4BETTER OR WORSE- The week in review
Grimmest week for news: Morgan Harrington remains missing since the October 17 Metallica concert, musician Johnny Gilmore dies in a house fire October 22, and local food activist Kathryn Russell dies in an automobile accident the same day.
Deadliest stretch of highway: Monacan Trail– U.S. 29 south near Plank Road in North Garden– claims three lives in two separate accidents. Kathryn Russell, 54, is killed October 22 when she pulls out onto U.S. 29 and her truck is hit by a southbound van. Two days later, a northbound Dodge van loses control in heavy rain and slams into a tree in the median. Two 13-year-olds from Edgewood, Maryland– Destiny Greene and Joshua Woolmer– are killed.
Deadliest lesson: None of the victims were wearing seatbelts, all three were ejected from their vehicles, and police believe seatbelts could have saved their lives.
Worst dropout news: The number of Albemarle County black students entering high school in 2005 and not finishing nearly tripled over that of the previous class, the Daily Progress reports. About 15.2 percent of the 138 black students who entered the ninth grade in 2005 dropped out. Overall, the county's dropout rate is 5.8 percent, down from 6.3 percent for the class of 2008.
Best dropout news: Charlottesville's rate slightly improved for black students at 14 percent, down from 15.4 percent the previous year. Its overall rate is 11.1 percent.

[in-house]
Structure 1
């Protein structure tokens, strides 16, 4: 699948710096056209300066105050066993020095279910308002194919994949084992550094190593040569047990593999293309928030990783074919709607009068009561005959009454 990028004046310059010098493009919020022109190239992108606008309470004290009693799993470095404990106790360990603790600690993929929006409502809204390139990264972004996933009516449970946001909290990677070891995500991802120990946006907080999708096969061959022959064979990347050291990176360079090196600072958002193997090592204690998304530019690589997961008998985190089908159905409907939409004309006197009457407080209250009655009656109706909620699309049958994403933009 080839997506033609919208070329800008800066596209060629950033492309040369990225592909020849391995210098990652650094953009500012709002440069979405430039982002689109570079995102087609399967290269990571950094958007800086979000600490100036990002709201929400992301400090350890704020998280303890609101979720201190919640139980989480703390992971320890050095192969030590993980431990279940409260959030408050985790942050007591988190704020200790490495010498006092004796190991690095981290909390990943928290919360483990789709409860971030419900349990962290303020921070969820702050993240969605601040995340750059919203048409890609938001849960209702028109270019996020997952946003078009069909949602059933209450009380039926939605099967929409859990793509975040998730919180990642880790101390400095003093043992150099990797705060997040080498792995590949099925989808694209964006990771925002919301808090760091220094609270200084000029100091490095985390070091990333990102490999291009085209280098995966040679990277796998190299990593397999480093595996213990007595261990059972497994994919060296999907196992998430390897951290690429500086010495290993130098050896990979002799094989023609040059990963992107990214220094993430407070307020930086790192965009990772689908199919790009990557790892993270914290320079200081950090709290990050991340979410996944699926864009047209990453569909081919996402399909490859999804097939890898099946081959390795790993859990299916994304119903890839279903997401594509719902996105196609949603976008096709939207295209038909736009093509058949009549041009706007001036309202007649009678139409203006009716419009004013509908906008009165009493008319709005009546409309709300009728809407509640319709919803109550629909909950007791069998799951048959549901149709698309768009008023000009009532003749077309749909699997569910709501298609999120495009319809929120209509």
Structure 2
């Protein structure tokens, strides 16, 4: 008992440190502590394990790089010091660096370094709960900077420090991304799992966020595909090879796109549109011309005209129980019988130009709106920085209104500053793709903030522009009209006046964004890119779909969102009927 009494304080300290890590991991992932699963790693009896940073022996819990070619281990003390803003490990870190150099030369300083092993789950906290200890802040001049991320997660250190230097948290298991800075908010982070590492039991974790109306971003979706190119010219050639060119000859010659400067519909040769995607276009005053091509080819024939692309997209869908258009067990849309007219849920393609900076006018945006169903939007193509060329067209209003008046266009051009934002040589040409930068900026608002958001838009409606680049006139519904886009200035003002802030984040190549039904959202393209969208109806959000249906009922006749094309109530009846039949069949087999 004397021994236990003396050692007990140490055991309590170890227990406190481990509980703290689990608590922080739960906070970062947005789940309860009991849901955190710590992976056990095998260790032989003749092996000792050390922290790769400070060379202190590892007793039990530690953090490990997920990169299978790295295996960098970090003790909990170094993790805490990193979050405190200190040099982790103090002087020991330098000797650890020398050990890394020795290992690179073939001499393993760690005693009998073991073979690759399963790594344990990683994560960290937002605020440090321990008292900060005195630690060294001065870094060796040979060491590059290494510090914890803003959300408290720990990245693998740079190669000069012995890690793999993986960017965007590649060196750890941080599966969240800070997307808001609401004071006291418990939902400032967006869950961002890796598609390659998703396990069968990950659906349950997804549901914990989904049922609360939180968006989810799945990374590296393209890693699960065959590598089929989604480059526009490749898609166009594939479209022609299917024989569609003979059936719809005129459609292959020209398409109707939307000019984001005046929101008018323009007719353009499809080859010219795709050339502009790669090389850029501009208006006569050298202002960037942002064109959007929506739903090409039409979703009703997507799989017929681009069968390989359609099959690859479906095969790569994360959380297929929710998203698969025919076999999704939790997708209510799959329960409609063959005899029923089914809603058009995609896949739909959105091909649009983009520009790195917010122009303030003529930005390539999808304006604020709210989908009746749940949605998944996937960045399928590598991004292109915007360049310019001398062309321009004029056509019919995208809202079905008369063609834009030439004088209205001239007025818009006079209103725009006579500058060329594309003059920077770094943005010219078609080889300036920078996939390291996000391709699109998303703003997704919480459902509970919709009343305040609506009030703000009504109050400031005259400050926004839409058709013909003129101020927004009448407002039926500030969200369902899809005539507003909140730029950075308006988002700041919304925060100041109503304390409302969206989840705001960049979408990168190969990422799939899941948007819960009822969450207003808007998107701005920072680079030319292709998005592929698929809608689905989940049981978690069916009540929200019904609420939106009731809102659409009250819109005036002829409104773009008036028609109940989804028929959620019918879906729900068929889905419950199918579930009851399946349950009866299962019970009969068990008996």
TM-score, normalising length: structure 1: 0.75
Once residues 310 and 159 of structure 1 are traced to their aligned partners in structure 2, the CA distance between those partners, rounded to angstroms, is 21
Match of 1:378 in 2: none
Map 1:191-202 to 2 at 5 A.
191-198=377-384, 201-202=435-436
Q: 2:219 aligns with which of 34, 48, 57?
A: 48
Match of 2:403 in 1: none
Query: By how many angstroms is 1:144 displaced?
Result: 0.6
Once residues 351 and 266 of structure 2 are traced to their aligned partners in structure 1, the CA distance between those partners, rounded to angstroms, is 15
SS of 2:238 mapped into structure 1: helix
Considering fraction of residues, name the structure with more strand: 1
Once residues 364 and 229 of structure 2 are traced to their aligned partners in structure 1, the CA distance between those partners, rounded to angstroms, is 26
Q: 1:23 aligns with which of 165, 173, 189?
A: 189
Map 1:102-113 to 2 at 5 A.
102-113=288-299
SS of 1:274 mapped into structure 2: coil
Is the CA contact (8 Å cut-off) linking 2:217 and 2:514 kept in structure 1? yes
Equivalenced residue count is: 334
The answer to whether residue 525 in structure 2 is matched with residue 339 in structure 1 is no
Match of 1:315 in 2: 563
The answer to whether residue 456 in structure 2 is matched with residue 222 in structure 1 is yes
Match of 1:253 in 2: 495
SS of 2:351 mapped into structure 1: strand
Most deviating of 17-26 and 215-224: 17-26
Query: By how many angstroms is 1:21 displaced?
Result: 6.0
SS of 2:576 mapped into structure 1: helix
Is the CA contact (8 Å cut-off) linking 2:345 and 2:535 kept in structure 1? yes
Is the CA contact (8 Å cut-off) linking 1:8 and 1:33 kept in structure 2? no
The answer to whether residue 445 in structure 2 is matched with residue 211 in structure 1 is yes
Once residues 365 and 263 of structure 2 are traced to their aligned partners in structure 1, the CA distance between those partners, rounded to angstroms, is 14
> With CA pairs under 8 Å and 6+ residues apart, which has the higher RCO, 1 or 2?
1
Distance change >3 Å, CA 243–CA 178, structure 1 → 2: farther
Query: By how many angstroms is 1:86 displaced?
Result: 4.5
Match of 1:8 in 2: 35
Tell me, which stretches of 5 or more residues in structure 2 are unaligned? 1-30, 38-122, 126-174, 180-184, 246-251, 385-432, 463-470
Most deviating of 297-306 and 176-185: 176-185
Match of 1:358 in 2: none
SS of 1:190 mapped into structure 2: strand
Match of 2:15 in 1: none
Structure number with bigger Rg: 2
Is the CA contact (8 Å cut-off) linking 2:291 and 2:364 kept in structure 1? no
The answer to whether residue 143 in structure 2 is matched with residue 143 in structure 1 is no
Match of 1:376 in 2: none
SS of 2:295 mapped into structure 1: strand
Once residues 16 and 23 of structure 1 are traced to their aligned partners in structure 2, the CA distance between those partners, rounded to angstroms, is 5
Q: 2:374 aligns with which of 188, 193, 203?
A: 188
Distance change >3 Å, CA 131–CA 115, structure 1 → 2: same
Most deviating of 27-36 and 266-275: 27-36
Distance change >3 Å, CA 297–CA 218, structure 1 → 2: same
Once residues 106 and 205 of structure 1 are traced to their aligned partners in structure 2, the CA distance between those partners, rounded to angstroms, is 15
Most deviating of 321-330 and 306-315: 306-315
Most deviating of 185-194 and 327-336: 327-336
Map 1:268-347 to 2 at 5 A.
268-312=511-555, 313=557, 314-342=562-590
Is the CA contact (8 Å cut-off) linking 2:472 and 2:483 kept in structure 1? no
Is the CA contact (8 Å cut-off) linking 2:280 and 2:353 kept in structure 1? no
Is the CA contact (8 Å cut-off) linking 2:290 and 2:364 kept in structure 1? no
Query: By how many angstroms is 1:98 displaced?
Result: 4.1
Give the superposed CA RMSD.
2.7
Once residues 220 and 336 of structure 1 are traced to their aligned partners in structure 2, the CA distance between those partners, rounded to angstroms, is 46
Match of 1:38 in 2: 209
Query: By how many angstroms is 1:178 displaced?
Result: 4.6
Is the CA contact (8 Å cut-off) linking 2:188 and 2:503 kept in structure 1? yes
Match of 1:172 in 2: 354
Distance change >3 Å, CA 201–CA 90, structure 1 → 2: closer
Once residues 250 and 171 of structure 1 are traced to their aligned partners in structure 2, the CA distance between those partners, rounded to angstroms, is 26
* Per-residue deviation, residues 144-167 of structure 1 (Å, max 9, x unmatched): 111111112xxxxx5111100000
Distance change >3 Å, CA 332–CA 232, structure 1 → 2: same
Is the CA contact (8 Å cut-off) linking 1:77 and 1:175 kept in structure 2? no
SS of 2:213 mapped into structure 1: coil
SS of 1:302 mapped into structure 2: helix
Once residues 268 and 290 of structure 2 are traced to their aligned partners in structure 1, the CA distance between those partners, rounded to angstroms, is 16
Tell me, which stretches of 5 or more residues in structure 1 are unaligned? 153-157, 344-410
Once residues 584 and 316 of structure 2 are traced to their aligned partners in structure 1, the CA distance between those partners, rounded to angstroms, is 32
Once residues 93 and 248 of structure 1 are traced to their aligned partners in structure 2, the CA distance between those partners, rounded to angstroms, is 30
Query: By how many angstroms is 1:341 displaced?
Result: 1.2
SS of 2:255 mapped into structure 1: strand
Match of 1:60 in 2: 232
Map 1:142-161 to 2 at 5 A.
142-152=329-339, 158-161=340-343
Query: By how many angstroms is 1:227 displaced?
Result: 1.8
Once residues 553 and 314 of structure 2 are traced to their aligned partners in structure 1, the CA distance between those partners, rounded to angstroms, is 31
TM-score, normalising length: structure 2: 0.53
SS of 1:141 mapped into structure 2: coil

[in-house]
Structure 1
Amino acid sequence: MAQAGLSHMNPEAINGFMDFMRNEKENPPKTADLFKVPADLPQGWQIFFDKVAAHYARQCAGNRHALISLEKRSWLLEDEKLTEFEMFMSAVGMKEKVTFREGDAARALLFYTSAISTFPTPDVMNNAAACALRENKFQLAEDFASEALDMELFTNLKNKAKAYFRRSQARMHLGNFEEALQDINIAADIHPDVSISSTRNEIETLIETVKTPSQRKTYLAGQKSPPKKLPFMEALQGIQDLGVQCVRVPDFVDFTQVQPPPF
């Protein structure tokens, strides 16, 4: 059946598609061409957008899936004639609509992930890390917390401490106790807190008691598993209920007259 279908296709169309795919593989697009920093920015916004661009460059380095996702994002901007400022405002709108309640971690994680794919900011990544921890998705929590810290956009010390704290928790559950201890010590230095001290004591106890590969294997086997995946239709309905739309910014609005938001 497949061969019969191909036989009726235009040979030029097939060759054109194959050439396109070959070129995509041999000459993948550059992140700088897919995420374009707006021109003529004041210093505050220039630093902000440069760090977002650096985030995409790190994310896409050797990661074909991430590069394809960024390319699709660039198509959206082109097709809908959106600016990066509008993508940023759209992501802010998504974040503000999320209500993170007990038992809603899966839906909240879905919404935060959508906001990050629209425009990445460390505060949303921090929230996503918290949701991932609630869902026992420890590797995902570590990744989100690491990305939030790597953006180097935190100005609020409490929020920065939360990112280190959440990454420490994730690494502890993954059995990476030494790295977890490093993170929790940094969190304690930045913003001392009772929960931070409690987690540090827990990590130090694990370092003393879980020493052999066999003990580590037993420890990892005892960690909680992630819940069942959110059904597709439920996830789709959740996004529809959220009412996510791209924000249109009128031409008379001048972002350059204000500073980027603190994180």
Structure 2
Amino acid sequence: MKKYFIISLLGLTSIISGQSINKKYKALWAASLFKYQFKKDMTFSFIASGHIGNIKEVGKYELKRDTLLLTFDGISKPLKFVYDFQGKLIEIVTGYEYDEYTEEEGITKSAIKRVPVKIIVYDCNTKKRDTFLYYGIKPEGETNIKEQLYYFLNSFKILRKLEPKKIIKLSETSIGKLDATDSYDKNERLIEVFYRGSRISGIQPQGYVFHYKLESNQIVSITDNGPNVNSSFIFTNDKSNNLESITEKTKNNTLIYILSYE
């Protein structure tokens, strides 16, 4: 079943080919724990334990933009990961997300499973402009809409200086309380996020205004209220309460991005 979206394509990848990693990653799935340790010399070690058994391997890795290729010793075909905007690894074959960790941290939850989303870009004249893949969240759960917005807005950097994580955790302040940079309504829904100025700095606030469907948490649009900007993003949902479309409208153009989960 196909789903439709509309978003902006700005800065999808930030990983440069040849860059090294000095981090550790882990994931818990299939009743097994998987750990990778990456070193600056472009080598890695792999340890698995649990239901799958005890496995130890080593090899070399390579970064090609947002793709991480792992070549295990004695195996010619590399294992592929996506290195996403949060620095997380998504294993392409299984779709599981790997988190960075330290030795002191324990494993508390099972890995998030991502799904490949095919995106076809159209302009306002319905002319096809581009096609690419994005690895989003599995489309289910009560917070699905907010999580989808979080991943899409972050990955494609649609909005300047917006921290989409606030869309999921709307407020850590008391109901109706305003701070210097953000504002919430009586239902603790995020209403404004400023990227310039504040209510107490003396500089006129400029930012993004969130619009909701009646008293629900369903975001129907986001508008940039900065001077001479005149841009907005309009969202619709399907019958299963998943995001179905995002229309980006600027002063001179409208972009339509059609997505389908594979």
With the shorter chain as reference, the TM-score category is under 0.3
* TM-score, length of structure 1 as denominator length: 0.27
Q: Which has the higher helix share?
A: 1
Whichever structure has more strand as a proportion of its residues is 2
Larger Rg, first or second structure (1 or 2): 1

Best news for Yancey, Red Hill, and Scottsville elementaries: As expected, the Albemarle School Board votes October 23 to keep the three schools open rather than close and consolidate.
Worst news for John Lowry and David Slutzky: Both candidates for the Albemarle Board of Supervisors pick up endorsements from the Progress– Lowry for the Samuel Miller District and Slutzky for Rio.
Most controversial campaign mailing: Cynthia Neff compares 58th District Delegate Rob Bell to a cheating husband: "He acts like a nice guy at home. But he cheats on us in Richmond." Bell dubs the attack ad "a doozy," according to Brian McNeill in the Progress, and the paper's editorial page calls it "indefensible."
Most JADE busts: The Jefferson Area Drug Enforcement Task Force makes eight arrests last week with seizures ranging from 125 to 500 grams of cocaine and 125 grams of methamphetamine.
Biggest speedtrap: Albemarle police target southbound U.S. 29/250 Bypass between Ivy Road and I-64 and write 150 tickets to 127 drivers on Tuesday, October 20.
Best C'ville-Nashville connection: The Wall Street Journal looks at how country star Tim McGraw has reshaped his career by joining Charlottesville-based Red Light Management, where he's personally managed by someone named Coran Capshaw.
Latest Media General loss: The owner of the DP posts a $62.5 million third-quarter loss, or $2.80 a share. A year ago, the company had a profit of $6.1 million– or 27 cents a share, and attributes the decline to no Olympics or major political races.
First area newspaper to charge for web content: The Daily News-Record in Harrisonburg offers $2 a month subscriptions to read stories online.
Worst person to have plan a funeral: Ulisa Mary Chavers, 61, admits October 21 in Louisa Circuit Court to dumping the body of her boyfriend, Reginal Cody Bowles, down a well. She also confesses burying her second husband, Clent Chavers, in the backyard of their Amelia County home in 1994, and later beheading his corpse and throwing it into a landfill. She collected Social Security checks from both men, and faces up to 25 years in prison when she's sentenced January 25.